This story is part of The Sun’s 2018 NCAA Hockey supplement. To view the rest of the supplement, click here.
The northeast region’s top seed Cornell men’s hockey is two wins away from its first Frozen Four since 2003. The first foe standing in its way is its most storied rival.
Despite dominating the ECAC regular season to earn the top seed in the conference tournament, No. 4/3 Cornell faltered in the league semifinals against a red-hot Princeton team that found its way into the NCAA tournament with a conference championship. Now, it clashes with a No. 13 Boston University team fresh off a playoff push and Hockey East championship, in what promises to be an intense, physical matchup.
“Our intensity and our [competition] level is going to have to be the best,” said junior forward and captain Mitch Vanderlaan. “That’s something that we’ve prided ourselves on all year.”
A year after losing 5-0 to a different Massachusetts foe in the first round a year ago, the Red — armed with 10 freshmen who didn’t experience the loss to UMass-Lowell — is primed to do some damage in the tournament this season.
“I think last year everyone was just excited to be there, but this year we have higher goals for sure and we’re not just there to play a game or anything, we’re there to make it to the Frozen Four,” said sophomore defenseman Yanni Kaldis.
Head coach Mike Schafer ’86 is confident his young team will be ready to go this time around.
“We’re going for it,” Schafer said. “We’re not going to test the waters and see what it’s like this year, we’re all in in the sense of going down there and going right after it.”
The Red and Terriers last met in November, when Cornell earned a 4-3 Red Hot Hockey win at Madison Square Garden in New York. The old foes have a rich history but haven’t met in the NCAA tournament since the 1972 national championship game — a 4-0 Terrier win.
Schafer said facing off against an opponent his team has already seen this season can be an advantage — but it’s a benefit for both sides.
“Our guys know what [B.U. is] like, the pace of it; they know their better players,” Schafer said. “They have a real good feel for what their strengths are, what their weakness are, how we need to play, things we didn’t do well when we did play against them and things we were able to capitalize on.”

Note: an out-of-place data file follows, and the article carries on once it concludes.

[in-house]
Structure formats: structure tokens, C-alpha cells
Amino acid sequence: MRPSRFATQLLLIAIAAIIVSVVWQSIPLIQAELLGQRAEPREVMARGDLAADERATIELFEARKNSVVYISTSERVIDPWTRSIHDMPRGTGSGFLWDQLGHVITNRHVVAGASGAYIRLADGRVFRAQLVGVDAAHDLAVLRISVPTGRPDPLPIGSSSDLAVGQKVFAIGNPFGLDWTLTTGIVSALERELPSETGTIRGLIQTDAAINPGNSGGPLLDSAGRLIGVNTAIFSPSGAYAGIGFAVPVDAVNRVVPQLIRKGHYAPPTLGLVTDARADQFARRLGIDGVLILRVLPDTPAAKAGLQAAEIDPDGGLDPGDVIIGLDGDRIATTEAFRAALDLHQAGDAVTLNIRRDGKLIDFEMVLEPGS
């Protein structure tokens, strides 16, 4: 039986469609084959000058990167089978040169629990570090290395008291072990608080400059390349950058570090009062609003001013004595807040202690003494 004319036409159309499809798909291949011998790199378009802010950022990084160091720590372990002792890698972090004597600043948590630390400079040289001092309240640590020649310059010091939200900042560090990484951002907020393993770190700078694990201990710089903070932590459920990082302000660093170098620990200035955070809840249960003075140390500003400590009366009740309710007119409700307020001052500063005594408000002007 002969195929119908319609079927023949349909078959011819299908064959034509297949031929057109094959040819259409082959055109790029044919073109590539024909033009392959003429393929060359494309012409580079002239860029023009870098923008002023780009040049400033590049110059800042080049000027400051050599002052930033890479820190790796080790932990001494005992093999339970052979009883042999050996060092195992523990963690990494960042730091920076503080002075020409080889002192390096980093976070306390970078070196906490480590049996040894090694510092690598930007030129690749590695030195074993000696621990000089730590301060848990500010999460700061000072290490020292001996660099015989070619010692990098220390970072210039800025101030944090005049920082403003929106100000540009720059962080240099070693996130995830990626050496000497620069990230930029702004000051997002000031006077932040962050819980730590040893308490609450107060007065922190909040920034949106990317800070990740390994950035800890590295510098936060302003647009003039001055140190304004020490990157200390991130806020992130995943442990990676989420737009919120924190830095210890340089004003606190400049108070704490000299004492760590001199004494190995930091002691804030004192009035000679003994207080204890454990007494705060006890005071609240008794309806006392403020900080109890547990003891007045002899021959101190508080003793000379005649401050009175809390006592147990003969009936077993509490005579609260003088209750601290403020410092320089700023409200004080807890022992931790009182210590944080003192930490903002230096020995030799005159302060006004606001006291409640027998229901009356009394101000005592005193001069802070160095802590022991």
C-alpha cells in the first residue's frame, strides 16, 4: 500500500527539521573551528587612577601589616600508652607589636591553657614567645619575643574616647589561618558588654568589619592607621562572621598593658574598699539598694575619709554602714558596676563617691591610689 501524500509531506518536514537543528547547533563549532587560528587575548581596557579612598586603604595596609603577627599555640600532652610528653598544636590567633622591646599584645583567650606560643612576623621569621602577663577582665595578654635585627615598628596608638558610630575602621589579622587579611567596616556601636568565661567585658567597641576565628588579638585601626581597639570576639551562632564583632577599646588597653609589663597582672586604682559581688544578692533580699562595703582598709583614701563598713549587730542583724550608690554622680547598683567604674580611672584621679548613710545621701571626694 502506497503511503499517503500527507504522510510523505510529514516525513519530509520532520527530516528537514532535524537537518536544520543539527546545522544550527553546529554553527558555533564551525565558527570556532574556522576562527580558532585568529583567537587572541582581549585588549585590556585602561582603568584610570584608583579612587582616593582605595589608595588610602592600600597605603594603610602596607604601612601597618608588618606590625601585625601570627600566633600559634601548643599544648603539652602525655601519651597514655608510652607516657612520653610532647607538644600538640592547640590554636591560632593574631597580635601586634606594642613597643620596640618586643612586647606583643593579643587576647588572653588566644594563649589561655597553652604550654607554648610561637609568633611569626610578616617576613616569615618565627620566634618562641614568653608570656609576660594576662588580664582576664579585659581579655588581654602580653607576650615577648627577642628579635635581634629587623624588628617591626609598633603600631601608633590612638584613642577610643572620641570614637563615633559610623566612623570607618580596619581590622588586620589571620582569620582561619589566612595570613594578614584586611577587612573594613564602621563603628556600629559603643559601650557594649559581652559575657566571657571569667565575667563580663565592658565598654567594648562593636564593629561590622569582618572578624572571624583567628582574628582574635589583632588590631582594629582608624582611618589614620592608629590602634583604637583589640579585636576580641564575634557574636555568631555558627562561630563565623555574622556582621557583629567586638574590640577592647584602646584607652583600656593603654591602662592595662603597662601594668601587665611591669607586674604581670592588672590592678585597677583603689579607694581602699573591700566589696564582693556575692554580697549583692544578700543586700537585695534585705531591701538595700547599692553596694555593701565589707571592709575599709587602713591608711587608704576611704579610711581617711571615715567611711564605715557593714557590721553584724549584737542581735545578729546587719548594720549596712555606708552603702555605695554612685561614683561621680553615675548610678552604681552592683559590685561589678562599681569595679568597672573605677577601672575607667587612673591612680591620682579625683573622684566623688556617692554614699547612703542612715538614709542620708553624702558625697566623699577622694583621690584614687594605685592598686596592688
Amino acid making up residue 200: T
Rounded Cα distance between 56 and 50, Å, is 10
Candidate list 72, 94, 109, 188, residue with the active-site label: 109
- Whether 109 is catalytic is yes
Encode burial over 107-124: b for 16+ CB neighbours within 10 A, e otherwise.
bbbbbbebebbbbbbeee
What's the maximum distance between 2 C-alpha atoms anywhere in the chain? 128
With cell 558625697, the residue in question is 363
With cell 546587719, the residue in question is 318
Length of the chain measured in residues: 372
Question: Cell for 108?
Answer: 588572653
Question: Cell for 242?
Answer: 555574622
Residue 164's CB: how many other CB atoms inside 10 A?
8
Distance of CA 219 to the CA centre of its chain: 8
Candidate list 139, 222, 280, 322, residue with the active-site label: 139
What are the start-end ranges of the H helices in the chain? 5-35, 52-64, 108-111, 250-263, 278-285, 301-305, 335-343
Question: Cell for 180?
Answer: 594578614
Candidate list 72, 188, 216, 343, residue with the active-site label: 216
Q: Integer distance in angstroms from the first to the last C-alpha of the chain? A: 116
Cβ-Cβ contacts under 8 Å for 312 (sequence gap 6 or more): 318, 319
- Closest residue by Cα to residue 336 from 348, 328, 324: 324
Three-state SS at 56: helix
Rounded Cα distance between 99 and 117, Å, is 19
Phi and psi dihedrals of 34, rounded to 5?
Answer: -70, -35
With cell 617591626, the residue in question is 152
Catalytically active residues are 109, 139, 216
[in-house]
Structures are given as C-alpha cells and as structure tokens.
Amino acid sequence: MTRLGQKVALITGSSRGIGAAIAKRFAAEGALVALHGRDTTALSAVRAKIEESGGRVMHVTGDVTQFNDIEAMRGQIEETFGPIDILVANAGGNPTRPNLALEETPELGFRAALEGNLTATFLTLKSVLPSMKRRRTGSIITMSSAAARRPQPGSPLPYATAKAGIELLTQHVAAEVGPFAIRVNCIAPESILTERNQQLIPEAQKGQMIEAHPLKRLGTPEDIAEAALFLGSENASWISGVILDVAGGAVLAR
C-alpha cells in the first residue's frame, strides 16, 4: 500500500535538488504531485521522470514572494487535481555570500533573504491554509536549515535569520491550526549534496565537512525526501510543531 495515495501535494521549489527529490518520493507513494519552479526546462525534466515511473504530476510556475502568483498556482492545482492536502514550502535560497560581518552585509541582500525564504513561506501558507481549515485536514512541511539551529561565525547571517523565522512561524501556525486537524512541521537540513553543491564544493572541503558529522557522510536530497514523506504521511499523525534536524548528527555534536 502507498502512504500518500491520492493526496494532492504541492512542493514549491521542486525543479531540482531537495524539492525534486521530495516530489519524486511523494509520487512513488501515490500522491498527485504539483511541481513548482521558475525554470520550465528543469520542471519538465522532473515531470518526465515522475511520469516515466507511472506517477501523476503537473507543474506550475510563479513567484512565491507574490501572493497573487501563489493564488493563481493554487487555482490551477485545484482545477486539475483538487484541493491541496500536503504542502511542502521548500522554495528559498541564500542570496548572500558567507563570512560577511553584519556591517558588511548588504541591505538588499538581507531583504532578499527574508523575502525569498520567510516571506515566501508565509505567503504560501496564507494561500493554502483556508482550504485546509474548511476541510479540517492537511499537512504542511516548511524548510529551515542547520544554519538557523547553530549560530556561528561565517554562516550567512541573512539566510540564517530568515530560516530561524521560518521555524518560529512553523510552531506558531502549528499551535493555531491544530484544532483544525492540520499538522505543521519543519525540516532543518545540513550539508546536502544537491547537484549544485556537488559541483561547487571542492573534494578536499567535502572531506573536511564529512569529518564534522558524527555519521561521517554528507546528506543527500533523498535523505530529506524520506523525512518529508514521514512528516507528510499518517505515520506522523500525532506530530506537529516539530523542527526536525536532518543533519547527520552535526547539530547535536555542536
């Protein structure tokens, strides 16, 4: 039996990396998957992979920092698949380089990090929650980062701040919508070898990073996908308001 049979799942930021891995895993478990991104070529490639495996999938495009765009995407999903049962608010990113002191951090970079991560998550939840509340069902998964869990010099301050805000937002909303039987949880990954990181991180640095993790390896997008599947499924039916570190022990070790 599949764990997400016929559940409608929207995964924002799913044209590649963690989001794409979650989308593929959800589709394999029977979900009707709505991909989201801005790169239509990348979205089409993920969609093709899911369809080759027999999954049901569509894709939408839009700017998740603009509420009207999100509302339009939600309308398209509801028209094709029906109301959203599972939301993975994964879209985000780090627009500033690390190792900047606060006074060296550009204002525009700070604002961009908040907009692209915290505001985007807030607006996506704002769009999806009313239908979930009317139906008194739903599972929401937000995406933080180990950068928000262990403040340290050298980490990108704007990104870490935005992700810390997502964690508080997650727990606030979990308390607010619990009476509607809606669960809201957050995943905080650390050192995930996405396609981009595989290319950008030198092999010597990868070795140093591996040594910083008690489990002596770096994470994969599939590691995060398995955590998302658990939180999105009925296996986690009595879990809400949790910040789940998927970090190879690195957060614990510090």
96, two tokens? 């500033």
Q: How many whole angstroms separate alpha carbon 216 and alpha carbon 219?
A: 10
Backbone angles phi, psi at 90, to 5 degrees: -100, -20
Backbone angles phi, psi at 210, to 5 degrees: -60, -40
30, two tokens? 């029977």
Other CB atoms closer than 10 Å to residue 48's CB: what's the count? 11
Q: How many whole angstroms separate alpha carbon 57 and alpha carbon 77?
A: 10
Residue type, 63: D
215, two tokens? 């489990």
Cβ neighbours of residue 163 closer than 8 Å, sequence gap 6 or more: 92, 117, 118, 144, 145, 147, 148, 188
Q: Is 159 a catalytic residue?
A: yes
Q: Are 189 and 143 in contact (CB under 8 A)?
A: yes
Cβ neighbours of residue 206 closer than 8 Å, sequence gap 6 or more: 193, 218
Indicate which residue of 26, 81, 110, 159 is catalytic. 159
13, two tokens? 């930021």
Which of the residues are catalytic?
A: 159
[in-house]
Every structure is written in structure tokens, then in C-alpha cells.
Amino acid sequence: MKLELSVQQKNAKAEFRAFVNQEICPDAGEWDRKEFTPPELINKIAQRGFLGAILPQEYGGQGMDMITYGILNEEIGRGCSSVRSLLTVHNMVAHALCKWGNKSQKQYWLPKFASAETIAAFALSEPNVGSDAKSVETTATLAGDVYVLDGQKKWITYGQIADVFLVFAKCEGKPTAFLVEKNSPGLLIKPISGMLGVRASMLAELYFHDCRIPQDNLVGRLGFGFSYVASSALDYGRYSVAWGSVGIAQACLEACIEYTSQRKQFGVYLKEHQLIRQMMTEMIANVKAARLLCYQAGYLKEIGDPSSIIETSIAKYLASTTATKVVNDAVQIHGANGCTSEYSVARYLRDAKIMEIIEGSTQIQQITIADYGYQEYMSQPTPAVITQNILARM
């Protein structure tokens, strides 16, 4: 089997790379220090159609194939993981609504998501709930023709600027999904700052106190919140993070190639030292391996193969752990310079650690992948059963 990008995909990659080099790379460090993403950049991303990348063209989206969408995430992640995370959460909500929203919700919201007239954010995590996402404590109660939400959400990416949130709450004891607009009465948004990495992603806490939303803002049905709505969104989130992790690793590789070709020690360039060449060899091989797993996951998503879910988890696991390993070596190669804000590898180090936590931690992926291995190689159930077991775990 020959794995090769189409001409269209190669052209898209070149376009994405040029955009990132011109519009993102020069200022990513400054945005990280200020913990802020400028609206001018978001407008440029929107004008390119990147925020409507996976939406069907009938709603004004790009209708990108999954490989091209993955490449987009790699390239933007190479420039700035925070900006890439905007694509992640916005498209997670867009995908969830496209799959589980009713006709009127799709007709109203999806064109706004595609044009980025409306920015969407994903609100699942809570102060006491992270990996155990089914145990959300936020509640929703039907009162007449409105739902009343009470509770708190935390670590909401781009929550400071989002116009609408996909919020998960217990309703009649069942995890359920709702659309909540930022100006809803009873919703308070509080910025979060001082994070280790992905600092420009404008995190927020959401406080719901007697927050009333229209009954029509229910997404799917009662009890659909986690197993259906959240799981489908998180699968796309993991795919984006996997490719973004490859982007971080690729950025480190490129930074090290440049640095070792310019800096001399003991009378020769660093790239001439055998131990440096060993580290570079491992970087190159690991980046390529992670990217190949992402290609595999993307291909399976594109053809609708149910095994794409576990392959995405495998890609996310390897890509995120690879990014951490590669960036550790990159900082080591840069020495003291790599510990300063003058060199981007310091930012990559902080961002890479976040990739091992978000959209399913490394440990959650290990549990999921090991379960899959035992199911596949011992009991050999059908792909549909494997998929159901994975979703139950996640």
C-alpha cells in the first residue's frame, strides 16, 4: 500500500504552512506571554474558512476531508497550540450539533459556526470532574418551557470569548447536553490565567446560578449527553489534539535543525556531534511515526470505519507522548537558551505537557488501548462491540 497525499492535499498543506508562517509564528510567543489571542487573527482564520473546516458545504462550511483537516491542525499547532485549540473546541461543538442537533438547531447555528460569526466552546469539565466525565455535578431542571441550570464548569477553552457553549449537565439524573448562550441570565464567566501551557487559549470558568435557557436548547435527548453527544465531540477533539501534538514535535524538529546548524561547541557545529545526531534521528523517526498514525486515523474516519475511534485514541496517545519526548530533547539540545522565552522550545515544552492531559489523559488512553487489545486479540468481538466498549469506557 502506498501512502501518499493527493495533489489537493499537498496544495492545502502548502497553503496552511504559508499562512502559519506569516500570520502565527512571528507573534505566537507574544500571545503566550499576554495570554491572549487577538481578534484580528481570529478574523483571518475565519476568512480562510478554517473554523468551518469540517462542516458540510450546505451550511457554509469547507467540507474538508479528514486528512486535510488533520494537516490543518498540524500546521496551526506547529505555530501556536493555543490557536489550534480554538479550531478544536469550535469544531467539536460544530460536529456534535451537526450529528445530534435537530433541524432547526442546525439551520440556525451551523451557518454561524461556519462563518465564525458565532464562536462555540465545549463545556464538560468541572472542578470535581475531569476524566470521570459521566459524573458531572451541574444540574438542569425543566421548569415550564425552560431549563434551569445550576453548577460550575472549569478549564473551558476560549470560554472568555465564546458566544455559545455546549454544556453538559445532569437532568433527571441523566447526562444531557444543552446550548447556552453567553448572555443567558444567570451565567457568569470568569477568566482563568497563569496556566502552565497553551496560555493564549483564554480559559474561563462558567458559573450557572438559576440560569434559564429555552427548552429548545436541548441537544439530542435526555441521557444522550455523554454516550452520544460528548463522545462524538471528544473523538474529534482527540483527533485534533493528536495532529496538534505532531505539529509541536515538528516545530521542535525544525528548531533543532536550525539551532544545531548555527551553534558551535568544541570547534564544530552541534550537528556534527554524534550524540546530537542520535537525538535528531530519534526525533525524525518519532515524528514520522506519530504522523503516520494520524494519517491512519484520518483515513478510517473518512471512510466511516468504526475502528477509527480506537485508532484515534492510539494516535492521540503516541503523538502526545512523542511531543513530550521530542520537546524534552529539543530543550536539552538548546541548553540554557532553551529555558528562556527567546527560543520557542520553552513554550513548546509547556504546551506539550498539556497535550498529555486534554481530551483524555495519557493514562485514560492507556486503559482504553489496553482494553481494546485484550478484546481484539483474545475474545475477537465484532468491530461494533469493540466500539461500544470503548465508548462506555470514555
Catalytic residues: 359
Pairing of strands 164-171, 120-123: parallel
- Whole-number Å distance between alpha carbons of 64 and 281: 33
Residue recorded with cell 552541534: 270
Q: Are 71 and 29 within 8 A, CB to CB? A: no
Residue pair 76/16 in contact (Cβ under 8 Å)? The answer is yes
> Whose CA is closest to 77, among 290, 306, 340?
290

The resurgent Terriers found their way into the tournament by winning the Hockey East, beating two top-15 teams to earn a fourth straight trip to the NCAA tournament.
“They’ve got some of the top players in the country,” Schafer said of B.U. “You just kind of go down the lineup, [their] top nine forwards are as good as anybody in the country. So we’ll have our hands full, but we knew that against any team we were going to play.”
B.U., 6-0-1 in their last seven contests, downed Boston College in the semifinals with a 4-3 overtime victory before earning a 2-0 win over Providence in the conference final.
Cornell, despite being the top seed in the region, isn’t entering the tournament on a roll. But Kaldis said his team expects to be a force to be reckoned with on the season’s biggest stage.
“We are the No. 1 seed so I think we should be playing with a lot of confidence going in there expecting to win, because we have a team that’s good enough to make it to the Frozen Four without a doubt,” he said. “I think there is a bit of a sense of urgency here because I don’t think we’ve accomplished as much as we should [have] this year, especially looking at what happened last weekend.”
Matched up against one of the best top lines in the country for the second straight week, the Red knows all of its 18 skaters will play a role in shutting down six-foot-five Jordan Greenway, who has 33 points, and the Terriers’ top line.
The Terriers score an average of 3.11 goals per game, 15th-best in the country. Junior Bobo Carpenter is tied with his classmate Greenway with 33 points for most on the team.
“Last time we played them, it really took me by surprise as a coach how much [B.U. coach David Quinn] plays [the top line],” Schafer said. “He plays them after every TV timeout, a lot of times they play 11 forwards and seven [defenders] so for us it’s not going to be one line against them, it’ll be a couple different lines against them.”
Schafer said his squad can look to its game in New York as a blueprint for success against B.U.’s best playmakers.
“The strength of their team is they’re really strong down low, at the hashmarks, bringing pucks to the net and they’re good in transition,” Schafer said. “We got to play fast, catch them maybe stepping up in the neutral zone, get up and play physical ourselves and create the types of turnovers we did [at] Madison Square Garden.”
Despite the tough nature of games this late in the season, Schafer said his team will leave it all on the ice.
“We’re not going to have any regrets about how hard we played, not going to sit back and go ‘jeez, we came down, we were tentative in the game,’” Schafer said. “There’s not going to be any of that for our hockey team.”
“There’s definitely that edge to be ready and to make sure that this is the one chance we really have to go after it,” Vanderlaan said.
The game is set for 1 p.m. Saturday, and the winner will advance to the regional final Sunday at 4 p.m. to take on the winner between Michigan and Northeastern. Both games will be at the DCU Center in Worcester, Massachusetts.